Homework #10, Math 320, Spring 2001

Name:____________________________      Section:____

Math 320 Homework #10 --- Due 4/6

Include your name, section number, and homework number on every page that you hand in. Enter ``Section 1'' for the morning class (10-11AM) and ``Section 2'' for Professor Sawyer's class (12-1PM).

Begin the exposition of your work on this page. If more room is needed, continue on sheets of paper of exactly the same size (8.5 x 11 inches), lined or not as you wish, but not torn from a spiral notebook. You should do your initial work and calculations on a separate sheet of paper before you write up the results to hand in.

Note: You can use a TI-83 calculator or Excel to carry out one- and two-sample Z- and T-tests, using either data or summary statistics. The calculator or computer will display the exact P-value as well as the value of the test statistic. As before, you can also find exact P-values for Student-t, chi-square, and F distributions, even for a fractional number of degrees of freedom for the Student t distribution. Click here for the details.

1. (15 points) Problem 5 of Homework 9 had burning times for two independent samples of smudge pots:

 Type 1:  612  583  629  595  653  596  624  564  576  593
 Type 2:  592  607  696  686  680  669  697  729  694  662 
It asked you to carry out a pooled-variance (classical) t-test for whether there was a different in the population-mean burning times.
(i) Is it reasonable that the variances of the two samples in the last exercise are the same, as is required for the classical pooled-variance test? Test the hypothesis that the variances are the same at alpha=0.05, and find the P-value.
(ii) What is the distribution under the null hypothesis of the test statistic that you used? How many degrees of freedom does it have? (Warning: An F distribution has TWO numbers for degrees of freedom, not just one.)
(Hint:: The first sample has mean 602.50 and sample standard deviation 26.99. The second sample has mean 671.20 and sample standard deviation 42.06. You can find an exact P-value by doing linear interpolation in Table A5, but it is easier to use the Fcdf( function on a TI-83 calculator. Click here for the syntax.)

2. (15 points) An experimenter measures the weights of 12 rabbits from one species and 8 rabbits from another. The experimenter is interested in whether there is a difference in average weight between the two types of rabbit. Assume that the weights of the rabbits are normally distributed within each species. The weights in ounces are

 Species 1:  81  87  82  86  90  87  86  93  88  91  87  84
 Species 2:  93  77  79  69  66  89  87  72 
(i) First, assume that the variances of the weights of the two species are the same, and test for a difference in means. Is the difference significant at alpha=0.05, using a two-sided test?
(ii) Is it reasonable to assume that the variances are the same in part (i)? Test this at alpha=0.05. What is the P-value? What are the numbers of degrees of freedom of the F-statistic?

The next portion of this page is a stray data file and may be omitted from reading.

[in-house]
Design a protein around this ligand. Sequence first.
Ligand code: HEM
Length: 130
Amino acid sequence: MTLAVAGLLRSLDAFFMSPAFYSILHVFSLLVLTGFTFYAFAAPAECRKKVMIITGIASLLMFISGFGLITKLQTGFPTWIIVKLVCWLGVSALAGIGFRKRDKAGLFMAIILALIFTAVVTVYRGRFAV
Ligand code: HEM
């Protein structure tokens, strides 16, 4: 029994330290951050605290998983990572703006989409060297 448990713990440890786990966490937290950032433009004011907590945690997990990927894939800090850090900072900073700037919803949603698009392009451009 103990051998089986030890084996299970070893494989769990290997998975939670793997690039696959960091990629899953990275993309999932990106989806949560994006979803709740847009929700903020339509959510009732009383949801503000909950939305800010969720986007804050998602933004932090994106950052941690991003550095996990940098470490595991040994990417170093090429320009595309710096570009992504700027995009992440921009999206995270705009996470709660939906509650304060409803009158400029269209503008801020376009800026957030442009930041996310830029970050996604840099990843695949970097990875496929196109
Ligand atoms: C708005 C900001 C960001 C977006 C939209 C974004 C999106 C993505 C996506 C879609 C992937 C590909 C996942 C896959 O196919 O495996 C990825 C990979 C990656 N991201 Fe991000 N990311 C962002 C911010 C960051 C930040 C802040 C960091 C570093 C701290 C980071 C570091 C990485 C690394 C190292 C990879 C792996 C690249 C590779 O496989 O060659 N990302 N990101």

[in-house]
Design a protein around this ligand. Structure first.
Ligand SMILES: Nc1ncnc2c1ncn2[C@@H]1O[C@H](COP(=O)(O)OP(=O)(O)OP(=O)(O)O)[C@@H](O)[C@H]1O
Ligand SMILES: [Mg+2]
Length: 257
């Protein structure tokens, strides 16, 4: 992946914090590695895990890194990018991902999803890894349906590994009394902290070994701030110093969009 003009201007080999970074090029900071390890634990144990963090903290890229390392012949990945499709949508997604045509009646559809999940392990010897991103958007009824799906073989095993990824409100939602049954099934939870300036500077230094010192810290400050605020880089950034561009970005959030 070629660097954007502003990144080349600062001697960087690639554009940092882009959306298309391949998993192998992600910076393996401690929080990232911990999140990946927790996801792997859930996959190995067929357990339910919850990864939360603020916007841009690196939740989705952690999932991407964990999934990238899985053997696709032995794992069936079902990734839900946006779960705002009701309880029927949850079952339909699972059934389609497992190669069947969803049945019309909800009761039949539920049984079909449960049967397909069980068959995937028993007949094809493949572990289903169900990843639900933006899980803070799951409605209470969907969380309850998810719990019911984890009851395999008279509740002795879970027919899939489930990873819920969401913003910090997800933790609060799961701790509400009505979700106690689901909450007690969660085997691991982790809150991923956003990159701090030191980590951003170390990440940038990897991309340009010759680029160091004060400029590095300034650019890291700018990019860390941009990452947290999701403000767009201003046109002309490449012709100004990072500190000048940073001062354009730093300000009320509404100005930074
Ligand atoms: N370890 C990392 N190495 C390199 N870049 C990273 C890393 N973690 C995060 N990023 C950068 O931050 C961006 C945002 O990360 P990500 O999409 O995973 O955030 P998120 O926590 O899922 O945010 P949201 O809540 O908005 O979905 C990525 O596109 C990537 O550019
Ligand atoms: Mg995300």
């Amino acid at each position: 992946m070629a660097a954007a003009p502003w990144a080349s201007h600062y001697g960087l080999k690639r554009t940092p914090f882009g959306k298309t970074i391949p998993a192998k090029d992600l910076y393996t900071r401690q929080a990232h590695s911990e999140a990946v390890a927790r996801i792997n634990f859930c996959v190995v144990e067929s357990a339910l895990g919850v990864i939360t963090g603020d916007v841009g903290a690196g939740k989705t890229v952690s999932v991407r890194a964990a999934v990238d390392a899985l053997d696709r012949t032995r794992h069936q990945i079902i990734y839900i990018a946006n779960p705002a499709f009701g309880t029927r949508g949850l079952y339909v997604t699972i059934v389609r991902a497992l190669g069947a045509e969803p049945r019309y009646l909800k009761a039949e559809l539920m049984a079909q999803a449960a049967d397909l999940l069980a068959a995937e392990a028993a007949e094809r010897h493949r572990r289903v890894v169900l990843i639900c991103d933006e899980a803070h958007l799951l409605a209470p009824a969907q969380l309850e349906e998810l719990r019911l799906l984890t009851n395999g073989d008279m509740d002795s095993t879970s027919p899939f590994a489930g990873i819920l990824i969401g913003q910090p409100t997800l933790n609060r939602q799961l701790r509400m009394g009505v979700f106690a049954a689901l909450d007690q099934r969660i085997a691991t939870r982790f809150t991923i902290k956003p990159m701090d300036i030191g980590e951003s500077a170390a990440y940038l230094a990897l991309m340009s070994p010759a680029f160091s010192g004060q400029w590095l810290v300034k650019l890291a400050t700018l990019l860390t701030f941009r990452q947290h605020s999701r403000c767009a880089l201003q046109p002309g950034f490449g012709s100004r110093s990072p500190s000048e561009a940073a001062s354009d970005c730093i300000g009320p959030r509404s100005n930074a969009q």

(iii) Your answer to part (ii) should be no, so that the test that you carried out in part (i) is not valid. Instead, carry out Satterthwaite's test for an equality of means. Is the difference significant at alpha=0.05, using a two-sided test? How many degrees of freedom did you use?

3. (15 points) (i) Apply the Wilcoxon Rank Sum test to the data in the previous problem. Is there a significant difference between mean weights of the two samples using this test? What is the (two-sided) P-value?

(ii) Was it reasonable to apply the pooled-variance t-test to the Wilcoxon ranks in part (i) of this problem? Apply the F-test for equality of variances to the ranks. Do the variances of the ranks appear to be the same for the two species of rabbits? What is the P-value?

4. (15 points) Consider problem 10.2 on page 432.

(i) Construct a 2 x 2 contingency table for the data. What are the two row sums? What are the two column sums? What is the total sum?
(Hint: Let `Vitamin C' be the first row and let `Placebo' be the second row. Let `Caught cold' be the first column and `Didn't catch cold' be the second column. You will have to fill in some cells by subtraction. A `placebo' is a pill or treatment that has no physical effect, to allow for the possibility that taking part in the study might be more fun or curative than the treatment itself.)
(ii) Test the table for significance using the Pearson chi-square test. (That is, use the test based on the statistic T in equation (10.1) on page 433.) What is the hypothesis H0? Do you accept or reject H0 at alpha=0.05? What is the P-value?
(iii) In what direction does the data point? Are the skiers who take vitamin C more likely to catch colds or less likely? What are the sample proportions of those who catch colds among the Vitamin-C takers and among the placebo-takers?
(Hint: Some physicians would argue, or used to argue, that people who take that much Vitamin C are more likely to catch colds, since doses of vitamin C that are this massive might interfere with vitamin B metabolism.)